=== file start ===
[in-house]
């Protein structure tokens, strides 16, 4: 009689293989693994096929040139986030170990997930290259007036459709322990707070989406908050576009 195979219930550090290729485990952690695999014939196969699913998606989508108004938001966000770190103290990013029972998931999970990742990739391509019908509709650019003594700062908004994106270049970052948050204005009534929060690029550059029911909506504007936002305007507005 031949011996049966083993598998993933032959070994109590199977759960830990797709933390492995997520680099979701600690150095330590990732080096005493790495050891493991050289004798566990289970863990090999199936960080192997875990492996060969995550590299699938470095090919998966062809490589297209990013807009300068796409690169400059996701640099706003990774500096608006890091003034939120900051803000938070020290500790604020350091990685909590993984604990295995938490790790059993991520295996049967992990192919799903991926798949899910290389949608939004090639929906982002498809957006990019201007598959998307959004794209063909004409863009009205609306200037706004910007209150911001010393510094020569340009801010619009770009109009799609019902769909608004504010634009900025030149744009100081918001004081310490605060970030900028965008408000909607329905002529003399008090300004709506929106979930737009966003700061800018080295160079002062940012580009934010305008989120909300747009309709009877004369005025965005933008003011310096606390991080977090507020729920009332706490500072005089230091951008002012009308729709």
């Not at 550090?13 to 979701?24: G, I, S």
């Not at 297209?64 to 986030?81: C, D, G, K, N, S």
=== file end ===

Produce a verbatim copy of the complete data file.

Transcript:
[in-house]
């Protein structure tokens, strides 16, 4: 009689293989693994096929040139986030170990997930290259007036459709322990707070989406908050576009 195979219930550090290729485990952690695999014939196969699913998606989508108004938001966000770190103290990013029972998931999970990742990739391509019908509709650019003594700062908004994106270049970052948050204005009534929060690029550059029911909506504007936002305007507005 031949011996049966083993598998993933032959070994109590199977759960830990797709933390492995997520680099979701600690150095330590990732080096005493790495050891493991050289004798566990289970863990090999199936960080192997875990492996060969995550590299699938470095090919998966062809490589297209990013807009300068796409690169400059996701640099706003990774500096608006890091003034939120900051803000938070020290500790604020350091990685909590993984604990295995938490790790059993991520295996049967992990192919799903991926798949899910290389949608939004090639929906982002498809957006990019201007598959998307959004794209063909004409863009009205609306200037706004910007209150911001010393510094020569340009801010619009770009109009799609019902769909608004504010634009900025030149744009100081918001004081310490605060970030900028965008408000909607329905002529003399008090300004709506929106979930737009966003700061800018080295160079002062940012580009934010305008989120909300747009309709009877004369005025965005933008003011310096606390991080977090507020729920009332706490500072005089230091951008002012009308729709």
């Not at 550090?13 to 979701?24: G, I, S």
């Not at 297209?64 to 986030?81: C, D, G, K, N, S």